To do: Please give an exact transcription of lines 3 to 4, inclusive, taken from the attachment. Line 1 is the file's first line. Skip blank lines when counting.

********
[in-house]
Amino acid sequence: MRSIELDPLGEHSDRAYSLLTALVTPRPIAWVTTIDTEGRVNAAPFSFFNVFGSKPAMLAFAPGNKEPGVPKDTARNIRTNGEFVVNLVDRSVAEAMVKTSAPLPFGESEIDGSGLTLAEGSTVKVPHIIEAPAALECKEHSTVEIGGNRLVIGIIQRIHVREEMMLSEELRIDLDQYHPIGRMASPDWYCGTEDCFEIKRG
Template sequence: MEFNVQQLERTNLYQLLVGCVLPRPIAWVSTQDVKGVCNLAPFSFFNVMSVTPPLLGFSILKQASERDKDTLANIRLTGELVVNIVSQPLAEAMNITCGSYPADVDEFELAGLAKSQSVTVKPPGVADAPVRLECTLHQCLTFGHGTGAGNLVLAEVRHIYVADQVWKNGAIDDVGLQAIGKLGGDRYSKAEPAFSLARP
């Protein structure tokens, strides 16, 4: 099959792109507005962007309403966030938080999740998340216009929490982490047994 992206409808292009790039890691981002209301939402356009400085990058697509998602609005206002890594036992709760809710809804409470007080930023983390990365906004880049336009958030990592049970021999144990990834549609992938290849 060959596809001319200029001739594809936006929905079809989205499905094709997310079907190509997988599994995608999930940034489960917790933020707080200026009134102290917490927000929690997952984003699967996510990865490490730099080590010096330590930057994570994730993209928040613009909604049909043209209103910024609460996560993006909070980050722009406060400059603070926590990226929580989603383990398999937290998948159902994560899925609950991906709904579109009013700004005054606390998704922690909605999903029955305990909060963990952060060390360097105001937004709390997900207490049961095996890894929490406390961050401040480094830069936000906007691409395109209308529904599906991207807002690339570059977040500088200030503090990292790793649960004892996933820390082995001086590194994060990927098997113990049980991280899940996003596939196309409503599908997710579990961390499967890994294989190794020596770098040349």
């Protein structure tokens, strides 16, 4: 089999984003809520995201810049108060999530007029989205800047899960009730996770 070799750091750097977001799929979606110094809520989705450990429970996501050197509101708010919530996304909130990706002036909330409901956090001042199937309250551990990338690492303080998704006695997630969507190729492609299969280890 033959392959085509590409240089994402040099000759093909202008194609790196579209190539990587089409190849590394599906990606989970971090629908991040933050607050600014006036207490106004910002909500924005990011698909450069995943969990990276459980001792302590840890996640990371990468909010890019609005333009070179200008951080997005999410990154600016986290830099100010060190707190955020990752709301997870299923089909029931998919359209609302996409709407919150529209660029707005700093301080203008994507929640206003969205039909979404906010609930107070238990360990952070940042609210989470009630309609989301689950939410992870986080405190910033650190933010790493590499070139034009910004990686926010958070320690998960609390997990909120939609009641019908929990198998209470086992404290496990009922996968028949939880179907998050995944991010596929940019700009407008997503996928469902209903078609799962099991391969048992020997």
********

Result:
Template sequence: MEFNVQQLERTNLYQLLVGCVLPRPIAWVSTQDVKGVCNLAPFSFFNVMSVTPPLLGFSILKQASERDKDTLANIRLTGELVVNIVSQPLAEAMNITCGSYPADVDEFELAGLAKSQSVTVKPPGVADAPVRLECTLHQCLTFGHGTGAGNLVLAEVRHIYVADQVWKNGAIDDVGLQAIGKLGGDRYSKAEPAFSLARP
């Protein structure tokens, strides 16, 4: 099959792109507005962007309403966030938080999740998340216009929490982490047994 992206409808292009790039890691981002209301939402356009400085990058697509998602609005206002890594036992709760809710809804409470007080930023983390990365906004880049336009958030990592049970021999144990990834549609992938290849 060959596809001319200029001739594809936006929905079809989205499905094709997310079907190509997988599994995608999930940034489960917790933020707080200026009134102290917490927000929690997952984003699967996510990865490490730099080590010096330590930057994570994730993209928040613009909604049909043209209103910024609460996560993006909070980050722009406060400059603070926590990226929580989603383990398999937290998948159902994560899925609950991906709904579109009013700004005054606390998704922690909605999903029955305990909060963990952060060390360097105001937004709390997900207490049961095996890894929490406390961050401040480094830069936000906007691409395109209308529904599906991207807002690339570059977040500088200030503090990292790793649960004892996933820390082995001086590194994060990927098997113990049980991280899940996003596939196309409503599908997710579990961390499967890994294989190794020596770098040349």